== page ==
In her motion, defendant Parsons states that she has been a continuous permanent resident of Colorado for 33 years and has not been to California since 1995 when she was there on vacation. She is a shareholder of the Solarte Inn Corporation, which was organized and operated only in Panama. She has never personally met plaintiff, nor did she have any written or electronic communications with or concerning plaintiff. She argues that all of the actions complained of in this litigation took place in Panama and that she has no connections or contacts with California. Accordingly, defendant Parsons requests dismissal for lack of minimum contacts with California pursuant to International Shoe v. Washington.
Plaintiff does not argue that this court has general jurisdiction over defendant Parsons. It is clear that she does not have the requisite continuous and systematic contacts with California that approximate a physical presence. Instead, plaintiff claims that the court has specific personal jurisdiction over defendant Parsons.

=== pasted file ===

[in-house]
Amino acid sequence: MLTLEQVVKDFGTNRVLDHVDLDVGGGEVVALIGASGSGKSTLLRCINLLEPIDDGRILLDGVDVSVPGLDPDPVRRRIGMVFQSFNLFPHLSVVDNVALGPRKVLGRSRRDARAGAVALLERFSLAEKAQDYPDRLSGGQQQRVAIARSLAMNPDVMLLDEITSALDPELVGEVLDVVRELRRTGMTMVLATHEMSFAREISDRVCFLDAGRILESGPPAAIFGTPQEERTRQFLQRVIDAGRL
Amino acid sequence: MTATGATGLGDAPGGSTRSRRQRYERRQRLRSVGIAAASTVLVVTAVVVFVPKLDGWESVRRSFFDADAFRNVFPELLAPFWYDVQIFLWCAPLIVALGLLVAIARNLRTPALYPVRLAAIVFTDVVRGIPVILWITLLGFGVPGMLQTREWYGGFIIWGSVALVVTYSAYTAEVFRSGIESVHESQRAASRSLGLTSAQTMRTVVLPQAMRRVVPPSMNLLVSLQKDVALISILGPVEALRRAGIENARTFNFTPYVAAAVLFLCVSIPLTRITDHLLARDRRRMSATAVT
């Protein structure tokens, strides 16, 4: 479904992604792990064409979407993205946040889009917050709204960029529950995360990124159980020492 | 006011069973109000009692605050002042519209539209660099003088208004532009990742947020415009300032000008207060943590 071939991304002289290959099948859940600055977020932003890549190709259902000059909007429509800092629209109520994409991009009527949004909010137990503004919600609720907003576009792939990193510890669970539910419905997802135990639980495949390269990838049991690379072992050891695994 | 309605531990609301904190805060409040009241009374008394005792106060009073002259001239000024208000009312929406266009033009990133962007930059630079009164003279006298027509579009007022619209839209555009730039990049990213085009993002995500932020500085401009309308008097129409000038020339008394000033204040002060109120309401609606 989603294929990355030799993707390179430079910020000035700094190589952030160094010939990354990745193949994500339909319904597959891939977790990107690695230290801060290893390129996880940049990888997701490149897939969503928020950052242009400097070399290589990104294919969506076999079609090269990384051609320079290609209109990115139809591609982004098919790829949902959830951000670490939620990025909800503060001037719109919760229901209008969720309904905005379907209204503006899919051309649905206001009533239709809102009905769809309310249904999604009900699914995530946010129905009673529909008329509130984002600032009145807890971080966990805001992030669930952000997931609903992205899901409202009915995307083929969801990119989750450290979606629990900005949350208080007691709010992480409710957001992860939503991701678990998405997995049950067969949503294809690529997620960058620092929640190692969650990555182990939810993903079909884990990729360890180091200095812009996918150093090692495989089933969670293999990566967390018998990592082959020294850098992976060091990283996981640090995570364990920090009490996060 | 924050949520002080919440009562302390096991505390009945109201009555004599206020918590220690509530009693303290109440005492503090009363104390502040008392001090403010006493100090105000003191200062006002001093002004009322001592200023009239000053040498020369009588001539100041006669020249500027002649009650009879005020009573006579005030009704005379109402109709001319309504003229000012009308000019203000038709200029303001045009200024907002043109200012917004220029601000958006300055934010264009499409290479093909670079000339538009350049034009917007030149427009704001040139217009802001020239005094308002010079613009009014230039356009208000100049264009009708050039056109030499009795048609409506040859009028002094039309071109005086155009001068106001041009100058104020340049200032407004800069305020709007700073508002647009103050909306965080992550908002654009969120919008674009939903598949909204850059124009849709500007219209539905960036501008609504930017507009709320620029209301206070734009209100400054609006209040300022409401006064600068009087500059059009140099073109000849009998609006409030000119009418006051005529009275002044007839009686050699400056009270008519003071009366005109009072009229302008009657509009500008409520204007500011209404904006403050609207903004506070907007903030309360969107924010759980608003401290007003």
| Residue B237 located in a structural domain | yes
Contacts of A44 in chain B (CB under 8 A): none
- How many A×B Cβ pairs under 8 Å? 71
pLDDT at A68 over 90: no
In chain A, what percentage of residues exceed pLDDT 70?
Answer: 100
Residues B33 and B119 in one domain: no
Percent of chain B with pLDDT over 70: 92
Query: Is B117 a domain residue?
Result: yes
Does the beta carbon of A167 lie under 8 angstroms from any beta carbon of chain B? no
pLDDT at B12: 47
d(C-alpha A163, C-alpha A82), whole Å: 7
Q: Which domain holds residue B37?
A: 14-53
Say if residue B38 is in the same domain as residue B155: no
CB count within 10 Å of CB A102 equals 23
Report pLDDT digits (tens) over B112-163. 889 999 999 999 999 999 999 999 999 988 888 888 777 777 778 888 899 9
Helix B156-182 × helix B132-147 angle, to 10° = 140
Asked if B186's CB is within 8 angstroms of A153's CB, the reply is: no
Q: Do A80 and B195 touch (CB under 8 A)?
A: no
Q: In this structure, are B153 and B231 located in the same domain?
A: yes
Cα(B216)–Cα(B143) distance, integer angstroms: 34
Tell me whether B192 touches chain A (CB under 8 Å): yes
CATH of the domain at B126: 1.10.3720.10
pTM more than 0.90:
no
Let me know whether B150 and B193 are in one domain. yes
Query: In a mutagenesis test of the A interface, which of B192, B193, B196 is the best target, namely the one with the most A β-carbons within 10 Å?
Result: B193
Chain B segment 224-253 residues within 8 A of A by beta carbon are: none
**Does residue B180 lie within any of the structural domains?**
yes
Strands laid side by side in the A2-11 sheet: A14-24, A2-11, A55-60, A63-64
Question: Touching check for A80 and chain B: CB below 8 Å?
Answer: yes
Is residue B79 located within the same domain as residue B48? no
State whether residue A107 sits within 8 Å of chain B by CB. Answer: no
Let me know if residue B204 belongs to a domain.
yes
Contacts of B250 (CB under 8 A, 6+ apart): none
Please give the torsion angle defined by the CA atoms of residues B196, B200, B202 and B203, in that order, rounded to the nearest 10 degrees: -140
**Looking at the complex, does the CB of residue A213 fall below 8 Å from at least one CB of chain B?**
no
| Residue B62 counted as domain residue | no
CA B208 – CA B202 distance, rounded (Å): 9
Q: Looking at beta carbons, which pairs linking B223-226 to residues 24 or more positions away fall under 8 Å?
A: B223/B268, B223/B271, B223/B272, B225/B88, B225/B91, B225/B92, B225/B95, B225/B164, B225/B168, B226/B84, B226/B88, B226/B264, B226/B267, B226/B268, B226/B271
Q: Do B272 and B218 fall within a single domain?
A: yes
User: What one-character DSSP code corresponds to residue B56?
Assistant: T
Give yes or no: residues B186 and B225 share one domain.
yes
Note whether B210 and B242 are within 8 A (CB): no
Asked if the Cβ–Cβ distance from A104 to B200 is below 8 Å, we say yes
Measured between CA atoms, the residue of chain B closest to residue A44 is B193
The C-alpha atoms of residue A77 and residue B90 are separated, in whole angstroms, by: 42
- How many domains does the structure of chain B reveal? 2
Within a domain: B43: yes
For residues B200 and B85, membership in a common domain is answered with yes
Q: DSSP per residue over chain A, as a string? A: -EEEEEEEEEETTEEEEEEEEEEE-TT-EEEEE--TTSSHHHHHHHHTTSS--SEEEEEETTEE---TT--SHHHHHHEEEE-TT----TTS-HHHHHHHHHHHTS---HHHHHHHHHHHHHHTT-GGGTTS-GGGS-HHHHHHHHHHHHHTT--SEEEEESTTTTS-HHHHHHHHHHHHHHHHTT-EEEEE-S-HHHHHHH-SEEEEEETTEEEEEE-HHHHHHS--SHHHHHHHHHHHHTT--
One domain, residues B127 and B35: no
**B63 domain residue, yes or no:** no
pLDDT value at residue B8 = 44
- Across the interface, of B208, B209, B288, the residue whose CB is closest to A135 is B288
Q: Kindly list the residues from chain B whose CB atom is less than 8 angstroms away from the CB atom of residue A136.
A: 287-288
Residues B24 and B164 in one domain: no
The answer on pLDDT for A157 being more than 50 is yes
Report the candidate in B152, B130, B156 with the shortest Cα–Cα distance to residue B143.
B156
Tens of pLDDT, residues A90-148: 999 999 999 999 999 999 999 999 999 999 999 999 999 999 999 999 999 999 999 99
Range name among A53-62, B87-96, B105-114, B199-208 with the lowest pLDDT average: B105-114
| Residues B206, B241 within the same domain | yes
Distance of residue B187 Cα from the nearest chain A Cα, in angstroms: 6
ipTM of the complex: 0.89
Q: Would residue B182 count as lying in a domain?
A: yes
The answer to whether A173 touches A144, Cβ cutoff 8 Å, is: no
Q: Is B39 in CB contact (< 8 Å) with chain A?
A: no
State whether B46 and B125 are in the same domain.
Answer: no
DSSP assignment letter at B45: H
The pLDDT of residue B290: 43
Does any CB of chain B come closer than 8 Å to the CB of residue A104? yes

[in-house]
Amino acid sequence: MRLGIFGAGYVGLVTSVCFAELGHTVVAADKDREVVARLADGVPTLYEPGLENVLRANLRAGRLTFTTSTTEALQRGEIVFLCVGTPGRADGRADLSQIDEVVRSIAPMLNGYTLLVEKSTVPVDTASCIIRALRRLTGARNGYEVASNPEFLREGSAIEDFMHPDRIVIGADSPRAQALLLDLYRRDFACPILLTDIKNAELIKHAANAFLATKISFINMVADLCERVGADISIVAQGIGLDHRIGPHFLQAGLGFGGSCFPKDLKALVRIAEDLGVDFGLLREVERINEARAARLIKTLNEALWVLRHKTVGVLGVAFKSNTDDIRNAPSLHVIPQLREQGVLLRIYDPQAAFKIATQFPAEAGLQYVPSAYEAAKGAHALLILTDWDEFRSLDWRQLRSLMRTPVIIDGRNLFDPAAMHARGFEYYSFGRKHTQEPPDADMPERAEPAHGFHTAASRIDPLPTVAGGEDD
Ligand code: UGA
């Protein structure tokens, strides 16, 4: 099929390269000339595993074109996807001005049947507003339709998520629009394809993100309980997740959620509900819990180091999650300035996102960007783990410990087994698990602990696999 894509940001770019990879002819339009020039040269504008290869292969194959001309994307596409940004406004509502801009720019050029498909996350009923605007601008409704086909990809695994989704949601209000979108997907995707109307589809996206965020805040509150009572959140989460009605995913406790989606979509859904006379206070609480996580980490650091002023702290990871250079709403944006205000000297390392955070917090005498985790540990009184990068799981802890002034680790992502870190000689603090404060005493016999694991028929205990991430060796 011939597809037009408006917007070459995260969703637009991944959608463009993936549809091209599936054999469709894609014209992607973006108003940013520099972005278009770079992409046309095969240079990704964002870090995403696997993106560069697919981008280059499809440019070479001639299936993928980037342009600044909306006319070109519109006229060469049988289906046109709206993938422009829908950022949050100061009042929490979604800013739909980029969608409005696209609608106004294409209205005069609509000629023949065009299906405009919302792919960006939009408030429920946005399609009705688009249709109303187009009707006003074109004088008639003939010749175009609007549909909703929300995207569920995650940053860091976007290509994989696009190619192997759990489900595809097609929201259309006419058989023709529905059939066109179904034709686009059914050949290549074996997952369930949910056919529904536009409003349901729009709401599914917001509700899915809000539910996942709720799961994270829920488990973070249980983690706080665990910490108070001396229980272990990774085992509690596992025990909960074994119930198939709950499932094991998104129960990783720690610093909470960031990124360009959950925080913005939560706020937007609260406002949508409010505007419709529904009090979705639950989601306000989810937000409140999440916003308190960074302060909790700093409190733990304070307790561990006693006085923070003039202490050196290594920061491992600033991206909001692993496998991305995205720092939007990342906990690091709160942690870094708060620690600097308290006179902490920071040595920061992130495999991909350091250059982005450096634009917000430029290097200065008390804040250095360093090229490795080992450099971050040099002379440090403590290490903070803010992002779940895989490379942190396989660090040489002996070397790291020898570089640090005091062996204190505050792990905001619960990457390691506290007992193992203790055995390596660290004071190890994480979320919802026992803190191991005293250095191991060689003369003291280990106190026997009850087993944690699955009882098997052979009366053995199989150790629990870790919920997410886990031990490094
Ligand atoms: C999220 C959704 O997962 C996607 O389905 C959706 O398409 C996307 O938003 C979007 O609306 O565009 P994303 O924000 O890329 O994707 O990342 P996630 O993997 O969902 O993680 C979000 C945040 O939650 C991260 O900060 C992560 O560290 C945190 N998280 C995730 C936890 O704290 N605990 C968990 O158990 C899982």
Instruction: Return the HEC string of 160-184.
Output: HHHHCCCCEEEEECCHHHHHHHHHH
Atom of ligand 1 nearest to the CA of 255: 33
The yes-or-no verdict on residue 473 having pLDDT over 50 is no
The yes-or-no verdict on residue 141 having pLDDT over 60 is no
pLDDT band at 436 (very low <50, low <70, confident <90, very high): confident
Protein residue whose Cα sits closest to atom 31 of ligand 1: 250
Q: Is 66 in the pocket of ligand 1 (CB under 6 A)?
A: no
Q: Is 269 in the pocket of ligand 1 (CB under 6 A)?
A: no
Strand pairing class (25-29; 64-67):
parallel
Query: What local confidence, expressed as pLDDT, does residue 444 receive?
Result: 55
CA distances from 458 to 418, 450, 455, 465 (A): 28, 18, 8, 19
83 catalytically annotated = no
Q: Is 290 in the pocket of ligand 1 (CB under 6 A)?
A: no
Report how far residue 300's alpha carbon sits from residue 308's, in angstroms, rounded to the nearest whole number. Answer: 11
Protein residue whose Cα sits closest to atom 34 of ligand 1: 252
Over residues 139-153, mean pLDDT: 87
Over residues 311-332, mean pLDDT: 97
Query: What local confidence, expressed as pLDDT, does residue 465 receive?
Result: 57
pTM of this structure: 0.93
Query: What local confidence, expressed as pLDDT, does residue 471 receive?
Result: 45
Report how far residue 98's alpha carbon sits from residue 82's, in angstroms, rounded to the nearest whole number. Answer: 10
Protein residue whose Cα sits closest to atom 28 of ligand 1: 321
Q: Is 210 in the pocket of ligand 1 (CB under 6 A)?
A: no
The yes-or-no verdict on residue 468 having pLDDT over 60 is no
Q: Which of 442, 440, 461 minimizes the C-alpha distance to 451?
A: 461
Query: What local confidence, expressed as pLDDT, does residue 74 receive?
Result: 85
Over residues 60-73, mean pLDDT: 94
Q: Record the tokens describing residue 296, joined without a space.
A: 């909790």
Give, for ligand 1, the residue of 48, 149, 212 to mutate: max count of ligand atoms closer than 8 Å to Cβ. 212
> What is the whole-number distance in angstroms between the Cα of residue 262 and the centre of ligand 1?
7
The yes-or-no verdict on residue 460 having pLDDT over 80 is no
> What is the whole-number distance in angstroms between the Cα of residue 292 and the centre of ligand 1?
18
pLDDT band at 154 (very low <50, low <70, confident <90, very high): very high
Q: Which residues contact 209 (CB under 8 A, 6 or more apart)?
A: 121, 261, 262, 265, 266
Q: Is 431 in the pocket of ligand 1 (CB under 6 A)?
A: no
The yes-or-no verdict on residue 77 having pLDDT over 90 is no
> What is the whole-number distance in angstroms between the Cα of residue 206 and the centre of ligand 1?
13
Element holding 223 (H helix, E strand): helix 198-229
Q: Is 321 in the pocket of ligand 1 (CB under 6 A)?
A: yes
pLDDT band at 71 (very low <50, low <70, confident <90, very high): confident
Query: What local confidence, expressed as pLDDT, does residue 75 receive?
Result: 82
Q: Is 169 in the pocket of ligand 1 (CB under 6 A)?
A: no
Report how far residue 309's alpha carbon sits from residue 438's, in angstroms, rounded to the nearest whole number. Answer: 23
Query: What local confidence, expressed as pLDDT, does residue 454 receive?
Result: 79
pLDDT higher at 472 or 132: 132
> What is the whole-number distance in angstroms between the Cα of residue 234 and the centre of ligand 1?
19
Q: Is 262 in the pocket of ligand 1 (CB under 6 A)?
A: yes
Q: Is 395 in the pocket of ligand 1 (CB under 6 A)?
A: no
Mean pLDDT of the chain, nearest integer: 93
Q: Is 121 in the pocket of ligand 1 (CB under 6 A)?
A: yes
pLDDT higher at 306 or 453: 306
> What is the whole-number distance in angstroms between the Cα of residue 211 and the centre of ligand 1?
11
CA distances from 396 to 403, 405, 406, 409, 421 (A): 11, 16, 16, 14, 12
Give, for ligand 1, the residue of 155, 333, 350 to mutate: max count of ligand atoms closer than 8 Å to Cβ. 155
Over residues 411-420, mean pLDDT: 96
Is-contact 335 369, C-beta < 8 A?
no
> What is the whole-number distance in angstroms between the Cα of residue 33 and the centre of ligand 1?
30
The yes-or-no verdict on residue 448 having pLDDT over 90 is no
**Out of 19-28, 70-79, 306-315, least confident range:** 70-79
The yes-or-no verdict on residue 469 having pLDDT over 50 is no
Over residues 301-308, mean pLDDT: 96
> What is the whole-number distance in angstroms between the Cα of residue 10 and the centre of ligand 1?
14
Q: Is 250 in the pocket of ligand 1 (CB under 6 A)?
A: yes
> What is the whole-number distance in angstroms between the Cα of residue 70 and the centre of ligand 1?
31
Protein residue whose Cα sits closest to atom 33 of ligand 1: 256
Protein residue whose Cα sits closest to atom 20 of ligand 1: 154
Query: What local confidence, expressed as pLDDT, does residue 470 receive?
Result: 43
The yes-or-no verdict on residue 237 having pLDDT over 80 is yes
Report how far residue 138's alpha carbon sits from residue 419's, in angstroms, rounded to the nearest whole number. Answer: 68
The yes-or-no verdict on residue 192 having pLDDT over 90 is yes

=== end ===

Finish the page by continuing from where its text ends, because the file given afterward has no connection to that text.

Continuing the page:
"Specific personal jurisdiction exists where a case arises out of forum-related acts." Martinez v. Manheim Central California, 2011 WL 1466684, at *2 (E.D. Cal. Apr. 18, 2011). The Ninth Circuit utilizes a three-prong test to determine whether specific jurisdiction exists:
(1) The non-resident defendant must purposefully direct his activities or consummate some transaction with the forum or resident thereof; or perform some act by which he purposefully avails himself of the privilege of conducting activities in the ...